First, and most commonly expressed by the naive expat from Canada or the U.S., is "Holy crap is that ever racist", upon seeing Zwarte Piet.

Dressed in blackface, with afros, and acting mildly slavish (think Santa's elves, maybe in Mississippi circa 1950), these little imps are explained in various ways, as the Devil (who is enslaved by St. Nicholas), to just straight-up slaves, to the totally benign kid-who-climbed-down-a-chimney-and-is-now-covered-in-soot. Piet throws candies to the kids in parades, hands out gifts, and causes some mild mischief throughout the month.

So we'll adopt the latter definition above, as most Nederlanders prefer to do anyhow. And there doesn't seem to be any malice nor any sinister undertones to people of all ages dressing up as Piet, so we'll move on. But the lingering impression is an uneasy one, and you won't see me or any of the expats I've spoken to about it smearing on the blackface anytime soon.

Both kids are eye-balling the gifts instead of Sint

Anyhow... back to Sint. I had the good fortune of spending a pretty authentic Sinterklaas feast with family, and the uncle provided the full entertainment as a very impressive version of the old gift-giver. Sint comes over from Spain (know why? I don't. Fill us in on the comments below - first correct answer wins a pepernote). I'm thinking it's because he prefers to spend as little time getting rained on in Holland during November and December, and it's a heck of a lot warmer than the North Pole.

Sinterklaas greets the adults as well

The tradition is to give gifts to the kids of course, and many adults do a Secret Santa gift exchange with a set monetary limit, just like back home. Often these gifts can be homemade, including elaborate wrapping for the recipient to wade through, like jello pudding made to simluate sheep guts (really, this is tough to explain - just trust me on this).

A marked difference is the more celebratory feel than back home - all the adults join the kids in singing a bunch of songs to usher Sinterklaas into the house, and poems accompany each gift - the giver needs to write a few lines to the getter, usually including some mild ribbing. On the downside, there is less of a turkey-gorging feast.

To celebrate the actual Christmas day on December 25th, there's still no turkey - European gobblers can breathe a sigh of relief while their cousins across the ocean get carved up - just nice dinner, this time sans Piet.



The ceiling of the Tuchiniski cinema

Last week, I mentioned one of the primary benefits of being in a bigger city - having the added cultural selection.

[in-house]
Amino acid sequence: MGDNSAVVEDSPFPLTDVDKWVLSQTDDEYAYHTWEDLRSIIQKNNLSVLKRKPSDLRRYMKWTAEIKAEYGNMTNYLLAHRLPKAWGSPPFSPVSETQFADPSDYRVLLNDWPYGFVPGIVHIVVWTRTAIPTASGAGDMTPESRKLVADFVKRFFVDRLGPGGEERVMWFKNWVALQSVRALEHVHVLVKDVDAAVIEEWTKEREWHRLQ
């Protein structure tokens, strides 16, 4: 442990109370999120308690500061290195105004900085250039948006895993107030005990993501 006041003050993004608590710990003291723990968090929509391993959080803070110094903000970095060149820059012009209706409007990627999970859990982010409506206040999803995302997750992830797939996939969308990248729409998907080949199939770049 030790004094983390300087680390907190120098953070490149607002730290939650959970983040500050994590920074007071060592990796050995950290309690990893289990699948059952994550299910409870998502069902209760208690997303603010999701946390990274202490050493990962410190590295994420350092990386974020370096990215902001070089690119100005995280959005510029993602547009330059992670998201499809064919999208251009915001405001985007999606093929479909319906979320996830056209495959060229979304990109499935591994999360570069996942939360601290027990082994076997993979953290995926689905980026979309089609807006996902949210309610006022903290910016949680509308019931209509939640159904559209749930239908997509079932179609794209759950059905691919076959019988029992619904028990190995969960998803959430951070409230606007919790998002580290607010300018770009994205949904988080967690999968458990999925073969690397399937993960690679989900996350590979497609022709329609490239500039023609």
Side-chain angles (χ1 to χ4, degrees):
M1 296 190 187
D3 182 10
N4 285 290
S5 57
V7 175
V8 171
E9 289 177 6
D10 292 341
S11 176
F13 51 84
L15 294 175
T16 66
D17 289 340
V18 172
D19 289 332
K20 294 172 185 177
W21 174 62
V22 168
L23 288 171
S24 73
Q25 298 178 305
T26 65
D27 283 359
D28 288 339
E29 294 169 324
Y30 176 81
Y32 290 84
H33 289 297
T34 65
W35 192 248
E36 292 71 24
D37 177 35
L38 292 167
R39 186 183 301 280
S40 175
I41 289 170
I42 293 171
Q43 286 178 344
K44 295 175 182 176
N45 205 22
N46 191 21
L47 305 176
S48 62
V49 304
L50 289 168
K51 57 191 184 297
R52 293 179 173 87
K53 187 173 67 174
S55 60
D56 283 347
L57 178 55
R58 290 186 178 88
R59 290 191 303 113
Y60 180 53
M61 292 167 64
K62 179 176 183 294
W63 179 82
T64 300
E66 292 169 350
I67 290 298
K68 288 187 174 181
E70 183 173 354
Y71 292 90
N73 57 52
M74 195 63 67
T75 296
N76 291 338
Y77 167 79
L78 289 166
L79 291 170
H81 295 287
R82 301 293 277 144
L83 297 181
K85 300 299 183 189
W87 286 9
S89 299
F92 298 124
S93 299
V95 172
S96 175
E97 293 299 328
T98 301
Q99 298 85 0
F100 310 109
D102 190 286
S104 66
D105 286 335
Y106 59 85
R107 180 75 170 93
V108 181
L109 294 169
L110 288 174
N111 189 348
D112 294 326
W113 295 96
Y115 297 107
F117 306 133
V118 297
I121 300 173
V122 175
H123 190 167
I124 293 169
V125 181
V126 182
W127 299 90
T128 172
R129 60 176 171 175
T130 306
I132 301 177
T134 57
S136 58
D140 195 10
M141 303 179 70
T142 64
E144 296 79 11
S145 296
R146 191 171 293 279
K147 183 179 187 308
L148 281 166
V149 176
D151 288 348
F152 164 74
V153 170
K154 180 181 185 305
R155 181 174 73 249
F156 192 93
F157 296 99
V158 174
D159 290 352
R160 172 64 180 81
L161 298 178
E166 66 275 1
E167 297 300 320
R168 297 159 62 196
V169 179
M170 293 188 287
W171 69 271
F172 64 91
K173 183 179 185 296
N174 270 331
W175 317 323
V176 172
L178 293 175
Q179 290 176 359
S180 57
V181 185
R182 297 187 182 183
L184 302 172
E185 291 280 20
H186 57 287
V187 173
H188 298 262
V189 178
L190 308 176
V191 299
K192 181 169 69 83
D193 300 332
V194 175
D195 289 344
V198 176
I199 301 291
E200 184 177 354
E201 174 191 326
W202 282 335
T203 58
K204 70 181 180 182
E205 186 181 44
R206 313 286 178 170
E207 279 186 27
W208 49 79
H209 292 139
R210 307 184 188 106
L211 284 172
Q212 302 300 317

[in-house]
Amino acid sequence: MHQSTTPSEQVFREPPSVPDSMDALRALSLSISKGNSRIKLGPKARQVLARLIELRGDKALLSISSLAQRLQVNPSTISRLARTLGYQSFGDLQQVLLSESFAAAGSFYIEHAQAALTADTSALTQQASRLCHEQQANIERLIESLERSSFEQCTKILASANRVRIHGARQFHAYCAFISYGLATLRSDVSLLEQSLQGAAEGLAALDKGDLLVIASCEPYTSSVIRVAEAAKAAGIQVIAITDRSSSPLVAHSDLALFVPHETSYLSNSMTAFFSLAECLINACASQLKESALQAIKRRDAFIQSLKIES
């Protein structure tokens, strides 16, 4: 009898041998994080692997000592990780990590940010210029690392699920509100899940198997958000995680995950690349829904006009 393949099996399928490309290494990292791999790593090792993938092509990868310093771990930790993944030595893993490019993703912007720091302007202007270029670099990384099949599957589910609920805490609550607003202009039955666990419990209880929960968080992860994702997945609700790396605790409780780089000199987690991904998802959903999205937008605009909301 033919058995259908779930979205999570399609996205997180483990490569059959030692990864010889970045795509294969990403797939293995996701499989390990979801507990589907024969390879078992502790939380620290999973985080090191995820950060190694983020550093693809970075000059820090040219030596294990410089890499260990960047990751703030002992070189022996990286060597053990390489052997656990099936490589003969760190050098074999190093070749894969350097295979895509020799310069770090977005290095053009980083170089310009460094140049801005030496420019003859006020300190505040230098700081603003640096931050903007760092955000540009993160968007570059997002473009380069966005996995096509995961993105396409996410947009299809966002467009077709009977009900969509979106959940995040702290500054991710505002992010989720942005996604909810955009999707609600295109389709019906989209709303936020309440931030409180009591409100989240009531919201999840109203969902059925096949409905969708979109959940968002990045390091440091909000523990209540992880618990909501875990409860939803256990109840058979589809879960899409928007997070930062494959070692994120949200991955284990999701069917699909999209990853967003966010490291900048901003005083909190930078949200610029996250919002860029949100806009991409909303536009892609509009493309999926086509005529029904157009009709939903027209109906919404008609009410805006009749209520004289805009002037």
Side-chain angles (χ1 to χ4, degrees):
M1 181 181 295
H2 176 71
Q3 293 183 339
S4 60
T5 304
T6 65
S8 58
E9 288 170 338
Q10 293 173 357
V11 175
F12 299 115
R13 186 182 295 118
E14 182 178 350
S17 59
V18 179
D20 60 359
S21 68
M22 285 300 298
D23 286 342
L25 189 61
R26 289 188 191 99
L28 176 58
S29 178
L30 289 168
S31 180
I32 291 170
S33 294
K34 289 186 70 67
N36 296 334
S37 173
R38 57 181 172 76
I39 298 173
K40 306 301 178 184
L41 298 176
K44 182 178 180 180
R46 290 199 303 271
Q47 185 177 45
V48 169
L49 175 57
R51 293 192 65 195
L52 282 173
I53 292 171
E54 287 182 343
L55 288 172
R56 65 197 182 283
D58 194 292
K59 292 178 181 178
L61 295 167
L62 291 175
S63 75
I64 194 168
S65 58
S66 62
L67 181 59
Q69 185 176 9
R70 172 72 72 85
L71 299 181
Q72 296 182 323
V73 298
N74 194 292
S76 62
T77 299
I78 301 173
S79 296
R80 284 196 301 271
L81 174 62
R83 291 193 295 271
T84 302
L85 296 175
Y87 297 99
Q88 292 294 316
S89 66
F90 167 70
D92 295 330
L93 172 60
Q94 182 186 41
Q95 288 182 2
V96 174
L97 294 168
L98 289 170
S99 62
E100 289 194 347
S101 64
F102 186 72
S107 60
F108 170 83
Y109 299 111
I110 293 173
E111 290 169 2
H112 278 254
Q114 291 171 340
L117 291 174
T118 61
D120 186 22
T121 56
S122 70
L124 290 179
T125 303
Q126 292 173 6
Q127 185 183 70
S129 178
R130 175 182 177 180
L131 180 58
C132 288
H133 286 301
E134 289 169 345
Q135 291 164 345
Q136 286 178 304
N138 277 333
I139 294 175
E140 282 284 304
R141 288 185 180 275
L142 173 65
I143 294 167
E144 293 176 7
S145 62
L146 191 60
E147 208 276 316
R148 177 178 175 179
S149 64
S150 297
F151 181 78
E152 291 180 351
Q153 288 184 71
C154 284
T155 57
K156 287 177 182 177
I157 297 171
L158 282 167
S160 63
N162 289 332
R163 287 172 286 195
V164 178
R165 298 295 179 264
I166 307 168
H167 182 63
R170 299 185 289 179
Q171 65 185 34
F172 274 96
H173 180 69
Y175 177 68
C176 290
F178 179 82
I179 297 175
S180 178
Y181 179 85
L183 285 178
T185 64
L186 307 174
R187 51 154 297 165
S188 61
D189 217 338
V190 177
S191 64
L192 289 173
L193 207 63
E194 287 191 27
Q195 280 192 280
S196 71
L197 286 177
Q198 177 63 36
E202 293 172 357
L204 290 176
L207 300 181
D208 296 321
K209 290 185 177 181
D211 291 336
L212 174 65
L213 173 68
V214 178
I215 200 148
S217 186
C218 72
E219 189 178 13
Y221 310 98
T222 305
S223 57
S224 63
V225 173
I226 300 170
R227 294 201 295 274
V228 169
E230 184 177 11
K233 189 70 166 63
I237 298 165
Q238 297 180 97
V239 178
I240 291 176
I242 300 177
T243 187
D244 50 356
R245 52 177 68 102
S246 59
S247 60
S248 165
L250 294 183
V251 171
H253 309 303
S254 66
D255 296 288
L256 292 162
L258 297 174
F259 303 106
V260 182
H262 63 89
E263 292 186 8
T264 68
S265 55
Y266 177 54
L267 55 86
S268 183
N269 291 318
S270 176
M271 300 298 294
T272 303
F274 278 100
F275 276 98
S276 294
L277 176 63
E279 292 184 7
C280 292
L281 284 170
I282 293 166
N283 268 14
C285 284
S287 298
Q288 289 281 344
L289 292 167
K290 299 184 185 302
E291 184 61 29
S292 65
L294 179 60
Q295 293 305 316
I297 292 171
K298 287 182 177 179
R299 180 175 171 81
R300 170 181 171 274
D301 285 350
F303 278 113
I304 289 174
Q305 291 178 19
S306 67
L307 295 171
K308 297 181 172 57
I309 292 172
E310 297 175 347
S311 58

The International Documentary Film Festival ( is the highlight for a lot of the 30+ crowd in the city, and is one of the best choices I've made so far here (aside from the decision to stop mentally converting Euros to Canadian dollars - it deadens the pain) .

It is basically 10 days straight of hundreds of films, from 10am to midnight every day. From bigger-budget Michael Moore fare to small-budget French movies, it's all here, and it really is international. Most films are in English with Dutch subtitles, which is a bonus for A) those who speak English and B) those who want to learn Dutch.

I saw two films this week... and I know what you're thinking - "wow, quite the movie buff there, Jeff. - hundreds of movies and you saw two." But wait. Little did I know - and now you know, so you can prepare for next year - that most of the movies were sold out well ahead of the start of the festival.

Inside the Tuchinski theatre

The Dutch, and the large expat community here it seems, are serious film buffs. And with the ability to purchase multiple screenings online, coupled with the regular amount of dreary November weather, the site read "uitverkocht" for a great number of movies.

Next year, should you be here - check the schedule early and start clicking.

I saw "Male Domination", a scathing look at male aggression and insecurity by a Parisian director. It focuses a lot on the 1989 Ecole Polytechnique massacre in Montreal, and also shows a number of first-hand accounts of domestic violence along with a small group of idiotic "masculinists", a society of troglodytes who think the way people did 200-300 years ago.

I found the movie very moving, but also limited in its scope (and it didn't help that it didn't paint a more global picture of the problem - Quebec comes off as a desolate, wintry, brutal society, and of course it is not; it's one of the more progressive ones, and there are far more severe societies around the globe). It also didn't dig deeper to see what some of the root causes are, nor the solutions.